ISSN (Print) - 0012-9976 | ISSN (Online) - 2349-8846

Articles By Communist Party of India (Marxist)

Economics and Politics of Some Emerging Fault Lines in Rural West Bengal

Some key changes in the economic structure of rural West Bengal over the last decade are identifi ed, focusing in particular on changes in the relative importance of various sectors and classes. While explaining the decline of the left class organisations, these changes also help to understand the sources of the TMC’s strength and weaknesses.

‘New Developmentalism’ and Left Mobilisation in Kerala

The “new developmentalism” of the Communist Party of India (Marxist) in Kerala is an attempt to construct an alternative development model to the neo-liberal development. It is seen as a transition from the 1990s’ left confrontation with neo-liberal reforms, and as a convincible alternative in the globally acclaimed Kerala model of development. Even though the party reiterates its commitment to its basic class in pushing for new developmentalism, the real challenge is the quantum and levels of engagement with the Kerala model and neo-liberal development. Arriving at social and political consensus and bringing a social balance on the concerns of the marginalised and the aspirations of the emerging new middle class depend on the policies and strategies of the CPI(M).

Politics of Cultural Misrecognitions and the Rise of Identity Consolidations in Post-left West Bengal

West Bengal has a substantive presence of minority population with 27% Muslims and 5.5% Scheduled Tribes. They often have a ghettoised presence and political parties take special care to secure electoral dividends from them. After the end to the left regime in 2011, the Trinamool Congress in its second term has percolated in most of the traditional left bastions, especially among the ethnic and religious minorities. This paper explores the mechanisms of TMC’s percolation among the ethnic and religious minorities through “cultural misrecognition.” Through an ethnographic work on the promotion of cultural expressions and recent ethnic conflicts, it is argued that, while the organisation-based political mechanism has been put in the backseat, West Bengal is observing a rapid rise of primordial identity-based political practices.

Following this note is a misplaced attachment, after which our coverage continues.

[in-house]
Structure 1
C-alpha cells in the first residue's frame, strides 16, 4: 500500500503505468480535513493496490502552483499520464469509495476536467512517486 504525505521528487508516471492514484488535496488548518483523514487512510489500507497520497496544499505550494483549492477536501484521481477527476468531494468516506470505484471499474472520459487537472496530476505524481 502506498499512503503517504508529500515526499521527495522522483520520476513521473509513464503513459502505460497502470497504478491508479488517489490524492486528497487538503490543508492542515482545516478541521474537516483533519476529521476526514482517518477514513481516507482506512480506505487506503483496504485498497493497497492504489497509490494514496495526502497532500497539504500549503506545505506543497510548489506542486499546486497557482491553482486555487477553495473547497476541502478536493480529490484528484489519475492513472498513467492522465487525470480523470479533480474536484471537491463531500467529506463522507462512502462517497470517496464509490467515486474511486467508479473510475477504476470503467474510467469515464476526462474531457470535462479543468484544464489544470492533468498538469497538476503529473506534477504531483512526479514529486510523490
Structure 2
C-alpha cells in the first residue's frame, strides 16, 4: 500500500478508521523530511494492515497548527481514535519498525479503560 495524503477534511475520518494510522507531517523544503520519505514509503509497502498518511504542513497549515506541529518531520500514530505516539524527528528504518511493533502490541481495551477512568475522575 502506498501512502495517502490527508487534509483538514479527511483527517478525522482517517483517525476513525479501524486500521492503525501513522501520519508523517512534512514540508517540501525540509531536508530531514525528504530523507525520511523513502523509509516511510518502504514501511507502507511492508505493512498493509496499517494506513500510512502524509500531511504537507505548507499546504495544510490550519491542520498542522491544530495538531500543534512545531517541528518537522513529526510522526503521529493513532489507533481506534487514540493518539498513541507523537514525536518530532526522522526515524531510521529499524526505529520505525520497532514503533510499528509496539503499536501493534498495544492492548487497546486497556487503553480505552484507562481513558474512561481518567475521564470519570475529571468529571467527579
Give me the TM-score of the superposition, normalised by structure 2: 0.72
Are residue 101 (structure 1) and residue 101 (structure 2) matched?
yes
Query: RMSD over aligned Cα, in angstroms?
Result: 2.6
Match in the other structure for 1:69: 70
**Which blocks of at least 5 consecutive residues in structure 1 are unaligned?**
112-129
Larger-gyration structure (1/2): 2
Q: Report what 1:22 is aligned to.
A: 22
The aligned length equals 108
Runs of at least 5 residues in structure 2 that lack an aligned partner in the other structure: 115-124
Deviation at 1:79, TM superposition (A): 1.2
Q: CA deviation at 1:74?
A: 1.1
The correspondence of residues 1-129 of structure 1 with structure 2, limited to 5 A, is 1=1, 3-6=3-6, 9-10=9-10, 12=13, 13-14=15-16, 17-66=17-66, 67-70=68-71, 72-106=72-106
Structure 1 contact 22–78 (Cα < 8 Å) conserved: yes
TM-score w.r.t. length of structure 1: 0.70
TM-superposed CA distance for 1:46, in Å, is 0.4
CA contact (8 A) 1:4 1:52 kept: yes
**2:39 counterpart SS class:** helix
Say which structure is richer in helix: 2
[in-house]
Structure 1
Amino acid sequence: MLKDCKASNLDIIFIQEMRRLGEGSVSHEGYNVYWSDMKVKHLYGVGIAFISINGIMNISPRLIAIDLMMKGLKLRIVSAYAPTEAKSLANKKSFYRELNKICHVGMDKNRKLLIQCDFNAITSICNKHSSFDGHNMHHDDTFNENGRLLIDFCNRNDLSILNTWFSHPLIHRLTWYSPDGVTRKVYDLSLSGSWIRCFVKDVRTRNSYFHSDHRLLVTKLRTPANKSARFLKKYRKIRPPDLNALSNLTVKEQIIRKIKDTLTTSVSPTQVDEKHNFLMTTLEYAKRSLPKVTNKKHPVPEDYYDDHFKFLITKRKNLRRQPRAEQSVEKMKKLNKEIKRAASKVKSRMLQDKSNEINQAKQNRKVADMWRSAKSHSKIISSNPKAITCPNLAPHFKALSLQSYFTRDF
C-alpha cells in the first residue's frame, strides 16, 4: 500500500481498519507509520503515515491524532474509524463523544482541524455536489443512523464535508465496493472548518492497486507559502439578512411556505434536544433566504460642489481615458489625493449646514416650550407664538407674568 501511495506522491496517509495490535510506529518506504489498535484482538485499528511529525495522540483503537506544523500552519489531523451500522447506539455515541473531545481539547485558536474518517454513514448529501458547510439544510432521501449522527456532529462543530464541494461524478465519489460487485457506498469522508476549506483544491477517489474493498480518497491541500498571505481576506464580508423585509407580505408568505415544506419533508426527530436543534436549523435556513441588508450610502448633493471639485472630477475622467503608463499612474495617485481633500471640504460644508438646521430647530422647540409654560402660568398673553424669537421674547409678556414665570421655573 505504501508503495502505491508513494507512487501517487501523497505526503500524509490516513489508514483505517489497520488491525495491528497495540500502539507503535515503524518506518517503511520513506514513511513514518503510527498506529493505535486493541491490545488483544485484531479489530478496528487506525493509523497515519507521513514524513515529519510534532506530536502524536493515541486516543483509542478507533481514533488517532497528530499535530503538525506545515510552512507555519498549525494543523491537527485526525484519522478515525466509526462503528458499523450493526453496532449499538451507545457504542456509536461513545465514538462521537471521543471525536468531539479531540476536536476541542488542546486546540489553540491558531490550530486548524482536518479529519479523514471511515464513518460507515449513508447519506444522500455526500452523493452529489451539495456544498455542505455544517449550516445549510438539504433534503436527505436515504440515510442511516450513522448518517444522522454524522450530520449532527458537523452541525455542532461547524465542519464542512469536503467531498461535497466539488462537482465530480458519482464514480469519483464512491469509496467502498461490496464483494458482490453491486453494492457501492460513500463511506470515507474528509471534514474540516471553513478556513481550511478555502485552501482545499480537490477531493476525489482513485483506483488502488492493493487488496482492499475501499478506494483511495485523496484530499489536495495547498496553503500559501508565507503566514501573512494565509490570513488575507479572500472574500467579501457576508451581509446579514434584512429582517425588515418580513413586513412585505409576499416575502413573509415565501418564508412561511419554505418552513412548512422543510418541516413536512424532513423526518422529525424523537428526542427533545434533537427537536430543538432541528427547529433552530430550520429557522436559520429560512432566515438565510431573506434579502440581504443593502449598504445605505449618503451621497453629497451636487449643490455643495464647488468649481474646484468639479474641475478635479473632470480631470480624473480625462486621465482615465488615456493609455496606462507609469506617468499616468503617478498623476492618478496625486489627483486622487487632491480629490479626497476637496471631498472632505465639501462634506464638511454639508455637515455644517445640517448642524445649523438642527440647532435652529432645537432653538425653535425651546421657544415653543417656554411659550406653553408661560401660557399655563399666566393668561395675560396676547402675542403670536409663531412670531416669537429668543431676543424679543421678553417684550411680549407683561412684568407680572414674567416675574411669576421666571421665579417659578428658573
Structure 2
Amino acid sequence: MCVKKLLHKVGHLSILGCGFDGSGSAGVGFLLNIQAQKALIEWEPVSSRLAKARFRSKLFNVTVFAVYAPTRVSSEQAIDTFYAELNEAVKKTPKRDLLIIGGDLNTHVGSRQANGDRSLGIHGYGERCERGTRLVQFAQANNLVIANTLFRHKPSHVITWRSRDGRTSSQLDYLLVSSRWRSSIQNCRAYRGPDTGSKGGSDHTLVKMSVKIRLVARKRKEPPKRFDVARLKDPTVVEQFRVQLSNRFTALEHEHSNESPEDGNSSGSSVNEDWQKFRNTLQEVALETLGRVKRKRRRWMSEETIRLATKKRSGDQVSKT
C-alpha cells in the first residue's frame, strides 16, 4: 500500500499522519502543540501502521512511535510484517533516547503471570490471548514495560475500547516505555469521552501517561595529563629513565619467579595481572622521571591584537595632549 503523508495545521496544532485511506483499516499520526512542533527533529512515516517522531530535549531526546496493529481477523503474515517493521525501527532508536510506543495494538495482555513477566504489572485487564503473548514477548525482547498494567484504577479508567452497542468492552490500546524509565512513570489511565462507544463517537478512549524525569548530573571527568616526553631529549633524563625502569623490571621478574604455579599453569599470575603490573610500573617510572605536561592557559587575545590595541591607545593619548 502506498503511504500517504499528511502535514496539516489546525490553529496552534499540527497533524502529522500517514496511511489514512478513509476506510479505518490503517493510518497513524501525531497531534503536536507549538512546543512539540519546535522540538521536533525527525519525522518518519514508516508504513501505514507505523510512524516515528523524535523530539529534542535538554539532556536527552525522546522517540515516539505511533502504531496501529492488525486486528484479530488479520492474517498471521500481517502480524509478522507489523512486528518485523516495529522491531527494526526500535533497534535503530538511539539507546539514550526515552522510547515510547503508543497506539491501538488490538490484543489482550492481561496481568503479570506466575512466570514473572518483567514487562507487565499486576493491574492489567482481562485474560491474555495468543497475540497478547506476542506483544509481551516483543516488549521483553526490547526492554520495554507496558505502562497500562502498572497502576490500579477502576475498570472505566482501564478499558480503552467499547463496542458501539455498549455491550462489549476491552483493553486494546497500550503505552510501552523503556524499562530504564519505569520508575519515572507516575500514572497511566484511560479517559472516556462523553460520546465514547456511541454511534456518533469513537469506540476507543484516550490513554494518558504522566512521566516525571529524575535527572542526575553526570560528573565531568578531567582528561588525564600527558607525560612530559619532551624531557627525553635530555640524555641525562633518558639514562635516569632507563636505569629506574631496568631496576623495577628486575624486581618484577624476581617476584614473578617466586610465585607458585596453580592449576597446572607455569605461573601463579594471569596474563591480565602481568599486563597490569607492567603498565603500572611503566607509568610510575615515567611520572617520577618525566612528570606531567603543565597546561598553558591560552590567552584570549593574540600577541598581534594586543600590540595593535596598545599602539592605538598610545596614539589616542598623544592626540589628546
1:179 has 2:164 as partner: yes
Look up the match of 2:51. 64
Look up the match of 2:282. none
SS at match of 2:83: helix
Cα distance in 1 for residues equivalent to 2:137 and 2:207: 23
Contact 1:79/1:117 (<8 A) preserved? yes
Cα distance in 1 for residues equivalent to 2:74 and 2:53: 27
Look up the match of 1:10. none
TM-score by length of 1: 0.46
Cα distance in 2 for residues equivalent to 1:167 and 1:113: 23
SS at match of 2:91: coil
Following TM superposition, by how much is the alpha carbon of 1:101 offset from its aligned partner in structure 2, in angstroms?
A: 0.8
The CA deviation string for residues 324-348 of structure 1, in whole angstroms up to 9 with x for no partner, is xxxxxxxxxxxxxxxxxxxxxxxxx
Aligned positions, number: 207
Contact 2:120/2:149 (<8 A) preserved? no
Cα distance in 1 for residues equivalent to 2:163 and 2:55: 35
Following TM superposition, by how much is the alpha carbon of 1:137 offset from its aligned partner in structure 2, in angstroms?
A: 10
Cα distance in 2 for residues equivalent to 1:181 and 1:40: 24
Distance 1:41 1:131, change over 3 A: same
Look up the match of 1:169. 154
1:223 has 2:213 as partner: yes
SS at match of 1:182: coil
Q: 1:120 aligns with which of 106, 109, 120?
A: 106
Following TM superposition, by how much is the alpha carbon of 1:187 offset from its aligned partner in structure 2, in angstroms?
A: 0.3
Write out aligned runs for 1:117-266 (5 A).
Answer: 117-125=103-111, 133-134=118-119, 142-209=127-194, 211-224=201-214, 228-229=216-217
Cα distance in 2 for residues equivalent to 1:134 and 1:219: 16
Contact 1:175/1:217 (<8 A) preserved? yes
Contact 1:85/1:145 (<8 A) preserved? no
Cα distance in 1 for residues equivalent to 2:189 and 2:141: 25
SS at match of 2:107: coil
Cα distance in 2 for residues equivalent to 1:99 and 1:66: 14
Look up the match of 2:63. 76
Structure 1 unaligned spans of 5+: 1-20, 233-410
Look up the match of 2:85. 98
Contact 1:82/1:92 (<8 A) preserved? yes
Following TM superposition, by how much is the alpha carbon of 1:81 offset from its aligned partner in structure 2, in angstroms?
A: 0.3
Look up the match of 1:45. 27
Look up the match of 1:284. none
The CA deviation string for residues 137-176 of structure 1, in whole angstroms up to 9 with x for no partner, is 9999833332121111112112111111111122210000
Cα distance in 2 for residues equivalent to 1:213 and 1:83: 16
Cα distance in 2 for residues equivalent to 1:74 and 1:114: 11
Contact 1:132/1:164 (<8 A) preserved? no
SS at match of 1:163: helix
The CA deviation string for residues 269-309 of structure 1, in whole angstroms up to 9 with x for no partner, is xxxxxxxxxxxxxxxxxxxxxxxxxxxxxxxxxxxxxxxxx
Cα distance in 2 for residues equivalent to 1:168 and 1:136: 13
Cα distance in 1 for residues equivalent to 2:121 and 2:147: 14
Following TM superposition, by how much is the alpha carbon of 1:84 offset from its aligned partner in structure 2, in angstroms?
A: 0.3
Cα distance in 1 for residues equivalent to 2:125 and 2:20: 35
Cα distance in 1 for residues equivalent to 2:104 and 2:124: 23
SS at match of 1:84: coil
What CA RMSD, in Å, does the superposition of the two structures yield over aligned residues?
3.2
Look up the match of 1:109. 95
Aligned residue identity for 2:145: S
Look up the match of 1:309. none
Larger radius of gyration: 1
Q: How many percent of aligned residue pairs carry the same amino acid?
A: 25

Elections in Andhra Pradesh

The Yuvajana Sramika Rythu Congress Party, by defeating regional and national parties in the 2019 parliamentary and assembly elections in Andhra Pradesh, has secured a massive mandate. Its victory in this multiparty contest can be attributed to the padayatra, consistency in the stand for special category status, promise to implement welfare schemes, and its effective campaign.

‘Cultural Misrecognition’ and the Sustenance of Trinamool Congress in West Bengal

The assembly elections in West Bengal in 2016 were historic not only because the Trinamool Congress was given a second chance with a massive mandate, but also because, for the first time in decades, a single political party managed to win the election. Moreover, the TMC secured victory in most of the traditional left bastions, making the Left Front virtually insignificant in state politics. While populist and direct-benefit schemes are most prominently seen as the reasons behind the party’s success, there also exist the hitherto unaddressed alternatives to the Left Front government’s systematic development of “party society.” The promotion of traditional cultural expressions conceptualised as “cultural misrecognition” helped the TMC sustain its control and also attracted votes of the Scheduled Castes and Scheduled Tribes of the state who traditionally constituted the support base of the left.